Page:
- Richard Boland

The potential for heat-related illness is a well-recognized hazard in the outdoor workplace and one of Cascade’s top safety priorities. Excessive heat exposure has been linked to heat stroke, heat exhaustion, heat cramps and heat rash. Occupation injuries also rise due to fatigue, difficulty utilizing personal protective equipment (PPE) and burns from hot surfaces. The following control measures significantly reduce the risk of injury when implemented before and during work in elevated temperatures.



  • Implement and train employees on a written Heat Illness Prevention Program including procedures for high heat activities, engineering controls (misting fans or air conditioning), acclimatization for short service employees and an emergency plan describing response procedures in the event that a heat-related illness does occur.
  • Ensure adequate supplies of cool drinking water are available, rest and shade are accessible and encourage crews to drink and rest throughout the workday.
  • Modify work schedules as much as feasible to take advantage of cooler ambient temperatures.
  • Designate a person to ensure compliance with the Heat Illness Prevention Program.
  • Review Heat-Related Illness Standards, emergency contacts and routes, and employee fit for duty at every tailgate meeting.
  • Post emergency contacts so they are visible at the job site.


Understanding Different Heat Illnesses, Symptoms, and Treatments.

  • Heat Stroke - This most serious form of heat injury.  It can occur if your body temperature rises to 104°F (40°C) or higher. Heatstroke requires emergency treatment. Untreated heat stroke can quickly damage your brain, heart, kidneys, and muscles. The damage worsens the longer treatment is delayed, increasing your risk of serious complications or death. Symptoms include confusion, loss of consciousness, and seizures. Workers experiencing heat stroke have a very high body temperature and may stop sweating. Contact 911 and immediately move the person into the shade or indoors, remove excess clothing and cool the person with whatever means available.
  • Heat Exhaustion - Secondary to heat stroke, heat exhaustion is the next most serious form of heat injury. Symptoms of heat exhaustion include heavy sweating, fatigue, weak or rapid pulse, nausea, and headache. For treatment, stop all activity, have the employee move to a cooler place, rest and encourage sips of cool water. Monitor the employee and seek medical attention if symptoms worsen.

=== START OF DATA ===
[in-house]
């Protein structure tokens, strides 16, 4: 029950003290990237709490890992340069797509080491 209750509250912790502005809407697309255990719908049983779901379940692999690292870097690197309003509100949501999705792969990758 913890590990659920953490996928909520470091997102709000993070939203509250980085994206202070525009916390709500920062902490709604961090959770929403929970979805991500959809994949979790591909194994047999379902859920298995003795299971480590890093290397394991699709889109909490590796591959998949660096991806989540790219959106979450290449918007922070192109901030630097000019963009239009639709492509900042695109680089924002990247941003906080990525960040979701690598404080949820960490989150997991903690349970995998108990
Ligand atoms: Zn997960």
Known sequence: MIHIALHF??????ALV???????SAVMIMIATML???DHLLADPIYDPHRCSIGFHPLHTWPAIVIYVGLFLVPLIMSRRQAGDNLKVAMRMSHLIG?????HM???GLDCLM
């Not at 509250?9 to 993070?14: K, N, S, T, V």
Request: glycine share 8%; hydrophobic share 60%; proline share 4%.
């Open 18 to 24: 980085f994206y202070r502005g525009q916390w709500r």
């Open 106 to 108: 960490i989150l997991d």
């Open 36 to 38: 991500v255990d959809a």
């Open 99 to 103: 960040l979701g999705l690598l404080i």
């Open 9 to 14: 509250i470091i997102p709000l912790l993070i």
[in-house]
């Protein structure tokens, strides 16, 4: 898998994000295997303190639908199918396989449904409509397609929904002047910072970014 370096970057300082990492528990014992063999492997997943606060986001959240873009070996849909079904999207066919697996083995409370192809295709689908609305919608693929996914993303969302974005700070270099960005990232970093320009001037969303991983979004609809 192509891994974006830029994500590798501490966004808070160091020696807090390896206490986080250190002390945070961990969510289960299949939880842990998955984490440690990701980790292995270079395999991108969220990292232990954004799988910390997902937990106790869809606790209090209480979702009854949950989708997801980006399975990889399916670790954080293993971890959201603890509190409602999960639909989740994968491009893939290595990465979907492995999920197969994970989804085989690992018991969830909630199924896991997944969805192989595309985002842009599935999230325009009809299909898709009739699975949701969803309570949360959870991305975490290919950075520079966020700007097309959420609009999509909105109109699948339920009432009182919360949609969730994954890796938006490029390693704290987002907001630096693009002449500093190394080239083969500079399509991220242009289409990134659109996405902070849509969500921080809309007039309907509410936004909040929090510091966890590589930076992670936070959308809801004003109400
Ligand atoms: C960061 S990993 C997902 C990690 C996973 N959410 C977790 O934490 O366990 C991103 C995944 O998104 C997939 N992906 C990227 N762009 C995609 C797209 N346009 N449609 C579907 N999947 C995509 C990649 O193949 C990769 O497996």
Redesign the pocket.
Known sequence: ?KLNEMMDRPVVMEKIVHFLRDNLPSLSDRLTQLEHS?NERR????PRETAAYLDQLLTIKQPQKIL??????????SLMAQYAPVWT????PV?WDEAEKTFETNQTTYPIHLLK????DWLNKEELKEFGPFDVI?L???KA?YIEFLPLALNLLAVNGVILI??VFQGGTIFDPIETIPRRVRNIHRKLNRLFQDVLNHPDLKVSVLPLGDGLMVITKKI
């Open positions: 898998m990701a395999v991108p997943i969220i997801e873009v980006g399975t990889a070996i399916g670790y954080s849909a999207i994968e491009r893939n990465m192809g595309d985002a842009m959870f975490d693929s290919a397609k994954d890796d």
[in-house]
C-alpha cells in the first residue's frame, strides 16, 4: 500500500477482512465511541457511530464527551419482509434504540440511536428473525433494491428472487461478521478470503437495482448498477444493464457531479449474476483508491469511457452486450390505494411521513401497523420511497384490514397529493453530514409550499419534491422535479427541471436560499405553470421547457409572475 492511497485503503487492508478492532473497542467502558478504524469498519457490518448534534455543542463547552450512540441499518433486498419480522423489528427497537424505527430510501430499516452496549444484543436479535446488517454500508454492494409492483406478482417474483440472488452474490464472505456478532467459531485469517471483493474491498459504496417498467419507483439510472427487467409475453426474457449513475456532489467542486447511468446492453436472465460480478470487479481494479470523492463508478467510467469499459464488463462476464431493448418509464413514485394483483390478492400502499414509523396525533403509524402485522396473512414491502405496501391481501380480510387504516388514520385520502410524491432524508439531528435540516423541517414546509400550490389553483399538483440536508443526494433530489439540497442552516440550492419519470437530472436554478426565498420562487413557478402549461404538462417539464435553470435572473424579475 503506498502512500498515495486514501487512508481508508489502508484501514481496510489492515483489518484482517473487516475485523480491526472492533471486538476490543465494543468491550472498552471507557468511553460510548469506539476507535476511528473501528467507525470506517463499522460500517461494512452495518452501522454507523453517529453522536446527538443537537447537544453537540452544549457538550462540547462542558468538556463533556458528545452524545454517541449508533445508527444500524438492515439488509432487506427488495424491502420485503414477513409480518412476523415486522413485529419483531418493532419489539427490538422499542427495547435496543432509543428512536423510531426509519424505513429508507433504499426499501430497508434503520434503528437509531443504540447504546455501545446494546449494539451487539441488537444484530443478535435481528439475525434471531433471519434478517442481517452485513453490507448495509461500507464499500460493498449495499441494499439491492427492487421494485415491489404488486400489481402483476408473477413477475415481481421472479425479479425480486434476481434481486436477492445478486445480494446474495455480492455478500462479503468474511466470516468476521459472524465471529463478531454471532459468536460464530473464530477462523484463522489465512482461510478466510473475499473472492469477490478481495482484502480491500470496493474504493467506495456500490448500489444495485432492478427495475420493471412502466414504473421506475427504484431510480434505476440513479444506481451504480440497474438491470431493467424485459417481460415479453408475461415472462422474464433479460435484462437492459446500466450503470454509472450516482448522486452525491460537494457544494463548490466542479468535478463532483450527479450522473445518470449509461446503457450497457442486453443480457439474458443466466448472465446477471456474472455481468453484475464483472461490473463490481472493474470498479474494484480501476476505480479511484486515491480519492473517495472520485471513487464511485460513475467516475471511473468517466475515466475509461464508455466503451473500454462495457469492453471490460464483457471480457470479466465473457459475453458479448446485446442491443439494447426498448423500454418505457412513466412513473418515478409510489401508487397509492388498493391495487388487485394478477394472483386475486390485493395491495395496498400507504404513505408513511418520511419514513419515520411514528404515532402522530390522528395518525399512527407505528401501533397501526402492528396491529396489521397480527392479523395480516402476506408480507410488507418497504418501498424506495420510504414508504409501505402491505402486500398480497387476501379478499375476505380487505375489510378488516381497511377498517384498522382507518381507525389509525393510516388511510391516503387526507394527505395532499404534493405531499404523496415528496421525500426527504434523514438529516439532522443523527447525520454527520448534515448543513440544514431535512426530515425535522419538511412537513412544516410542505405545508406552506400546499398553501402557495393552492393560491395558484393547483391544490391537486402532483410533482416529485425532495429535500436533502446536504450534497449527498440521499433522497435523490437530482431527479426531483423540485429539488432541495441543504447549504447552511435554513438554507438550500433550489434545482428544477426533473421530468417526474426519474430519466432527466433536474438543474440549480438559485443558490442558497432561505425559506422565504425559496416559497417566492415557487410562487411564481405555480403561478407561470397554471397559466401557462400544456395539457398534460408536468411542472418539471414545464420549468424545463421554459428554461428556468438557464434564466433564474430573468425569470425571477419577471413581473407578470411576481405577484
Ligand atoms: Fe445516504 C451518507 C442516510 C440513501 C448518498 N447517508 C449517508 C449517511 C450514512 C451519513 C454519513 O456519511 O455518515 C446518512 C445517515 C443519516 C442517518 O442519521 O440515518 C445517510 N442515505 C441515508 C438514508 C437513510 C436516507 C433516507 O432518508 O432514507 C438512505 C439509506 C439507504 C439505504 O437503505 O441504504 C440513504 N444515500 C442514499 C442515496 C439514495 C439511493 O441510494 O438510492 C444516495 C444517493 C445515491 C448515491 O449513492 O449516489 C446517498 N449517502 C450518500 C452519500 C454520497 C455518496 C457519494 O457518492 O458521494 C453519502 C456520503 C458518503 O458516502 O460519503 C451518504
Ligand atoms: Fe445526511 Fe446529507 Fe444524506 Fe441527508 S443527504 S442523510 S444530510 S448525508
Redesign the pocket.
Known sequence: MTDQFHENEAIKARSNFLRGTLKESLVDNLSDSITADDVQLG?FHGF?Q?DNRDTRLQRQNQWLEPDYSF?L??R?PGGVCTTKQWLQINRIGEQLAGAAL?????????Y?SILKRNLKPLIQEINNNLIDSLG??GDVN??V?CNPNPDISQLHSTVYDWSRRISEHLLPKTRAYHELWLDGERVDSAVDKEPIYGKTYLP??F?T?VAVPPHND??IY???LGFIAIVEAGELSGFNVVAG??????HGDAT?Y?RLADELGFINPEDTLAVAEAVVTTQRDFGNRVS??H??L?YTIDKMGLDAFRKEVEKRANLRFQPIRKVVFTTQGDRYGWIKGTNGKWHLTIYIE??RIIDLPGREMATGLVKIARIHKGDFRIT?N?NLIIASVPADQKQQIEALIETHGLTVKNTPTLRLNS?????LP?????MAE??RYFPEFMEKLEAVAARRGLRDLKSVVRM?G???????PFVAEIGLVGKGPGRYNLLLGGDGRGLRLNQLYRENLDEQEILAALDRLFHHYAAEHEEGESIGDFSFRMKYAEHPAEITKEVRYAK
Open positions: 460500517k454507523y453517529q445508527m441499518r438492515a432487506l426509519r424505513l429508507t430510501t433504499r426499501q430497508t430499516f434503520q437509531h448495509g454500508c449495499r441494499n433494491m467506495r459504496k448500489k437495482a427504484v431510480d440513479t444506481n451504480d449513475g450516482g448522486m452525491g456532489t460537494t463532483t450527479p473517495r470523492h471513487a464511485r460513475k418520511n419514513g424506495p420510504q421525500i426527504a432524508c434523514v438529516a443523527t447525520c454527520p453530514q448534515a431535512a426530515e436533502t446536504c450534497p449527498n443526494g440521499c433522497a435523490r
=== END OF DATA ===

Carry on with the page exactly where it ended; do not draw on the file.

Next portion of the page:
• Heat Cramps - Heat cramps are painful, involuntary muscle spasms. Fluid and electrolyte loss often contribute to heat cramps. Muscles most often affected include calves, arms, abdominal wall, and back. Workers with heat cramps should replace fluids loss by drinking water and electrolyte-containing sports drinks frequently after symptoms occur.
  • Heat Rash - Heat rash is very common and occurs when blocked sweat ducts trap perspiration under your skin. Common areas include the neck, upper chest, skin folds, and other areas where clothing causes friction. Heat rash usually clears on its own and can be treated by cooling the skin and keeping the affected area dry.


Websites and Apps

  • The Heat Index Formula chart and Heat Index calculator are available through the National Weather Service website https://www.weather.gov/safety/heat-index. Both are valuable tools in determining safe working conditions in respect to ambient air temperature combined with relative humidity

  • The OSHA-NIOSH Heat Safety Tool mobile application can be added to smartphones to give workers access to data including the current and hourly heat index, signs and symptoms of heat stress illness, first aid guidance, and recommendations to protect workers based on calculated risk. The application is available both in English and Spanish.


A Real Life Drilling Safety Example

A recent drilling project provided a unique situation facing some of the opportunities and challenges performing environmental drilling services in elevated temperatures in the Southwestern United States in August 2017.

Due to environmental conditions at the site, the work was performed by crews utilizing atmosphere supplied breathing air (level B) and chemical suits. With the added level of protection, the potential for heat stress was a considerable factor when planning the project. Both the client and the crew worked together to ensure the proper safety measures were in place to ensure safe completion of the project including:

  • A site-specific Heat Stress Prevention Plan was developed between the client and the drilling crew.
  • The work was scheduled for nights, which though temperatures exceeded 100 degrees F, allowed the crew to avoid working in direct sunlight.
  • An air-conditioned tent was available and utilized by the crew for rest breaks.
  • The atmosphere supplied breathing air trailer was stored in a cool area out of direct sunlight.
  • A break schedule was agreed upon and mandated by both the client and drilling company.
  • The OSHA-NIOSH Heat Safety Tool mobile application was downloaded to the employee’s smartphones. The app was useful for providing the approximate heat index based on local meteorological data, and also provides information about heat stress mitigation for various levels of heat-related hazards.
  • Daily communication between the client and the drilling company was conducted to evaluate current work conditions and ensure the crew was in compliance with the Heat Stress Prevention Plan.

The project lasted several weeks. Cooperation and pre-planning between the client and drilling crew ensured not a single heat-related illness incident occurred.



Exposure to elevated temperatures poses unique hazards to our workers during summer months. Through a dedicated safety program, training and pre-planning, heat-related injuries can be prevented.

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